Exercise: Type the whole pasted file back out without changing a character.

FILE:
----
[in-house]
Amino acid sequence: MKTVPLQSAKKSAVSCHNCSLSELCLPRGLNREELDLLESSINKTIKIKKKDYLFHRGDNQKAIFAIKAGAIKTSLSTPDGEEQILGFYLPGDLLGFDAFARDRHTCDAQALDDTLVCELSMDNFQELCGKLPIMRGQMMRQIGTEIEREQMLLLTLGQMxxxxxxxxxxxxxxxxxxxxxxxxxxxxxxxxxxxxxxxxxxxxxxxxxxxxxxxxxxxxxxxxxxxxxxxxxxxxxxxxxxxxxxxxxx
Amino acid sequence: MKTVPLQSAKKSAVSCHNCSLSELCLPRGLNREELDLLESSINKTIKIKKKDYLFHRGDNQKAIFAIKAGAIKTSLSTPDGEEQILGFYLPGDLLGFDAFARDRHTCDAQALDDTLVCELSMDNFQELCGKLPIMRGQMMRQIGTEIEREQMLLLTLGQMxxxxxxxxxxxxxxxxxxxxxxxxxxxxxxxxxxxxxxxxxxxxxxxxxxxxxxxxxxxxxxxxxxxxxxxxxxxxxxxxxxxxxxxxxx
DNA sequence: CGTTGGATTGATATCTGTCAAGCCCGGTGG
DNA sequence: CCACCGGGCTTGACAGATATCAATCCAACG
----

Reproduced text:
[in-house]
Amino acid sequence: MKTVPLQSAKKSAVSCHNCSLSELCLPRGLNREELDLLESSINKTIKIKKKDYLFHRGDNQKAIFAIKAGAIKTSLSTPDGEEQILGFYLPGDLLGFDAFARDRHTCDAQALDDTLVCELSMDNFQELCGKLPIMRGQMMRQIGTEIEREQMLLLTLGQMxxxxxxxxxxxxxxxxxxxxxxxxxxxxxxxxxxxxxxxxxxxxxxxxxxxxxxxxxxxxxxxxxxxxxxxxxxxxxxxxxxxxxxxxxx
Amino acid sequence: MKTVPLQSAKKSAVSCHNCSLSELCLPRGLNREELDLLESSINKTIKIKKKDYLFHRGDNQKAIFAIKAGAIKTSLSTPDGEEQILGFYLPGDLLGFDAFARDRHTCDAQALDDTLVCELSMDNFQELCGKLPIMRGQMMRQIGTEIEREQMLLLTLGQMxxxxxxxxxxxxxxxxxxxxxxxxxxxxxxxxxxxxxxxxxxxxxxxxxxxxxxxxxxxxxxxxxxxxxxxxxxxxxxxxxxxxxxxxxx
DNA sequence: CGTTGGATTGATATCTGTCAAGCCCGGTGG
DNA sequence: CCACCGGGCTTGACAGATATCAATCCAACG